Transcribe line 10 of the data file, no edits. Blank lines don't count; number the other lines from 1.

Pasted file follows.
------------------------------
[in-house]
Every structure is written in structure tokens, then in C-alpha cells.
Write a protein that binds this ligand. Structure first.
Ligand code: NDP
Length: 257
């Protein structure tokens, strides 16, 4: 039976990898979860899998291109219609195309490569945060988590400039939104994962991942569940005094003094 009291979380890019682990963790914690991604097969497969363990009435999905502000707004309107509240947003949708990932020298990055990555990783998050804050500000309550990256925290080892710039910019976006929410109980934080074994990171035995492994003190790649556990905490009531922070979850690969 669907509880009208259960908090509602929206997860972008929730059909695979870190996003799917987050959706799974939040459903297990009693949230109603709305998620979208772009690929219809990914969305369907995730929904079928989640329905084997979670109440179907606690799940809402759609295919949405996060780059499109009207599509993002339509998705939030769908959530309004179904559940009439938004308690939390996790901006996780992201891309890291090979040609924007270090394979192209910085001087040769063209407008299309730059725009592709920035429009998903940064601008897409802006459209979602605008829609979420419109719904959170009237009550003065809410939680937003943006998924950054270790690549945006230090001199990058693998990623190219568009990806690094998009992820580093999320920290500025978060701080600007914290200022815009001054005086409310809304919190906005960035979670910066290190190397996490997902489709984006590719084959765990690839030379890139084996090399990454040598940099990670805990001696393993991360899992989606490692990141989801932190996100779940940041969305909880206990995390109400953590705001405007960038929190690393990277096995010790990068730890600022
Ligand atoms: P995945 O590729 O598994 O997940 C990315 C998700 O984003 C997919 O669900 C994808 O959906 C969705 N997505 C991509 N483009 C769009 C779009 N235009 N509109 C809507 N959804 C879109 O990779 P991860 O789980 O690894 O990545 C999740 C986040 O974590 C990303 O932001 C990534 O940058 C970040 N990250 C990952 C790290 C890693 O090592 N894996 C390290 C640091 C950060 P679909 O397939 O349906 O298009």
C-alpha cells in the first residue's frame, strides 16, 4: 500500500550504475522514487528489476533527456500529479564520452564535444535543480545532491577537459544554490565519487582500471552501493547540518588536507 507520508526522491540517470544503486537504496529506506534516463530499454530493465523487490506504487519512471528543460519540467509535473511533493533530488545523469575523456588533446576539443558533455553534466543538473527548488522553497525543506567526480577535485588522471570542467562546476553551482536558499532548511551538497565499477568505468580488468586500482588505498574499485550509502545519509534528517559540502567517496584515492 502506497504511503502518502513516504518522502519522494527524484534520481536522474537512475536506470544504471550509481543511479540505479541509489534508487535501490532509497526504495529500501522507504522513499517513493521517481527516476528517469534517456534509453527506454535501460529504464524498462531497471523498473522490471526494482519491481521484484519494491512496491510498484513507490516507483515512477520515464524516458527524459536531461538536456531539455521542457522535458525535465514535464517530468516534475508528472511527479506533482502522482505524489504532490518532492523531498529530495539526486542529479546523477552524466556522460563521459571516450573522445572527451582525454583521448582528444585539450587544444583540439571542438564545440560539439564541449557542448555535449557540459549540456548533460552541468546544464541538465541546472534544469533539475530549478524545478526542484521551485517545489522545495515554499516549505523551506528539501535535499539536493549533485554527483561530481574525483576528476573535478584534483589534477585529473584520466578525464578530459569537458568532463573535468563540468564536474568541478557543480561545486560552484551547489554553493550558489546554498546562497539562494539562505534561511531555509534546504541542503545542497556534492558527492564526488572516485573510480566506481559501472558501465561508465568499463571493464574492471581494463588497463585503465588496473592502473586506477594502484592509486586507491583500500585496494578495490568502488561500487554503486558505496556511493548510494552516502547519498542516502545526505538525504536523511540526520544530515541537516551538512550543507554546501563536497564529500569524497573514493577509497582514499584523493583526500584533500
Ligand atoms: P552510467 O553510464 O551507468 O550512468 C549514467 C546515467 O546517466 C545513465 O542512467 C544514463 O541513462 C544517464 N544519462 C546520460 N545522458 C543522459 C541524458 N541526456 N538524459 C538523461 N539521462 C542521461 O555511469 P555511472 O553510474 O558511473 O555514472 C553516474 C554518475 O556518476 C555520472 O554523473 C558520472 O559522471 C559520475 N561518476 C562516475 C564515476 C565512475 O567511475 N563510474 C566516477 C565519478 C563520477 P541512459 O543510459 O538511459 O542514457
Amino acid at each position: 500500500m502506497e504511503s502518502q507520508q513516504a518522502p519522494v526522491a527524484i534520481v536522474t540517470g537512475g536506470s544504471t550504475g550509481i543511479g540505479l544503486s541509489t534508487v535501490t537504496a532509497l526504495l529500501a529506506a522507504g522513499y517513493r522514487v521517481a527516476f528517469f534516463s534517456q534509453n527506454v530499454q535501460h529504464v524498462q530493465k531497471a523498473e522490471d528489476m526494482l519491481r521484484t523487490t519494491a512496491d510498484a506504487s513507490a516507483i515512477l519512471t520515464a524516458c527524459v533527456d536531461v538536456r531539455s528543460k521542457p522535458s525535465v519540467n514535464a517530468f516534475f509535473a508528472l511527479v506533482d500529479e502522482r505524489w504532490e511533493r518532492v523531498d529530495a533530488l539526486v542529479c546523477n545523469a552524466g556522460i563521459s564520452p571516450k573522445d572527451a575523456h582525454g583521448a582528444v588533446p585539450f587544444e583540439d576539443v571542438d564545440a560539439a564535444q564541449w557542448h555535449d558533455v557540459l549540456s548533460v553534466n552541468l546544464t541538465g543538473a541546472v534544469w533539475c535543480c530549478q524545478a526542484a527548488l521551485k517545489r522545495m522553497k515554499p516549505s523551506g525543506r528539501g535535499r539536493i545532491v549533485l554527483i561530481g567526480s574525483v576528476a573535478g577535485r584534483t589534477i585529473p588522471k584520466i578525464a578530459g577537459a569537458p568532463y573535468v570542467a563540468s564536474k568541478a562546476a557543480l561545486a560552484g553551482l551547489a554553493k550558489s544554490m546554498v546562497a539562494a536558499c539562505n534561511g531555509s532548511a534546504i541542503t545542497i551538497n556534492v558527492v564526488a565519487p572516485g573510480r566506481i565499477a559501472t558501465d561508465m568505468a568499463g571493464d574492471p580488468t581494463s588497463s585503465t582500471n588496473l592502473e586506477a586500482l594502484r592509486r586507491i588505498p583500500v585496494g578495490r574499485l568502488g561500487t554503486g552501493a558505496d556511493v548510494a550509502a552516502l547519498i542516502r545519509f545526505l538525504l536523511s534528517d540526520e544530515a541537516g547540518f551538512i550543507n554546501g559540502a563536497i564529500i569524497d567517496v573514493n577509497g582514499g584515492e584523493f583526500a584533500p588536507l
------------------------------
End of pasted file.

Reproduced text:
Amino acid at each position: 500500500m502506497e504511503s502518502q507520508q513516504a518522502p519522494v526522491a527524484i534520481v536522474t540517470g537512475g536506470s544504471t550504475g550509481i543511479g540505479l544503486s541509489t534508487v535501490t537504496a532509497l526504495l529500501a529506506a522507504g522513499y517513493r522514487v521517481a527516476f528517469f534516463s534517456q534509453n527506454v530499454q535501460h529504464v524498462q530493465k531497471a523498473e522490471d528489476m526494482l519491481r521484484t523487490t519494491a512496491d510498484a506504487s513507490a516507483i515512477l519512471t520515464a524516458c527524459v533527456d536531461v538536456r531539455s528543460k521542457p522535458s525535465v519540467n514535464a517530468f516534475f509535473a508528472l511527479v506533482d500529479e502522482r505524489w504532490e511533493r518532492v523531498d529530495a533530488l539526486v542529479c546523477n545523469a552524466g556522460i563521459s564520452p571516450k573522445d572527451a575523456h582525454g583521448a582528444v588533446p585539450f587544444e583540439d576539443v571542438d564545440a560539439a564535444q564541449w557542448h555535449d558533455v557540459l549540456s548533460v553534466n552541468l546544464t541538465g543538473a541546472v534544469w533539475c535543480c530549478q524545478a526542484a527548488l521551485k517545489r522545495m522553497k515554499p516549505s523551506g525543506r528539501g535535499r539536493i545532491v549533485l554527483i561530481g567526480s574525483v576528476a573535478g577535485r584534483t589534477i585529473p588522471k584520466i578525464a578530459g577537459a569537458p568532463y573535468v570542467a563540468s564536474k568541478a562546476a557543480l561545486a560552484g553551482l551547489a554553493k550558489s544554490m546554498v546562497a539562494a536558499c539562505n534561511g531555509s532548511a534546504i541542503t545542497i551538497n556534492v558527492v564526488a565519487p572516485g573510480r566506481i565499477a559501472t558501465d561508465m568505468a568499463g571493464d574492471p580488468t581494463s588497463s585503465t582500471n588496473l592502473e586506477a586500482l594502484r592509486r586507491i588505498p583500500v585496494g578495490r574499485l568502488g561500487t554503486g552501493a558505496d556511493v548510494a550509502a552516502l547519498i542516502r545519509f545526505l538525504l536523511s534528517d540526520e544530515a541537516g547540518f551538512i550543507n554546501g559540502a563536497i564529500i569524497d567517496v573514493n577509497g582514499g584515492e584523493f583526500a584533500p588536507l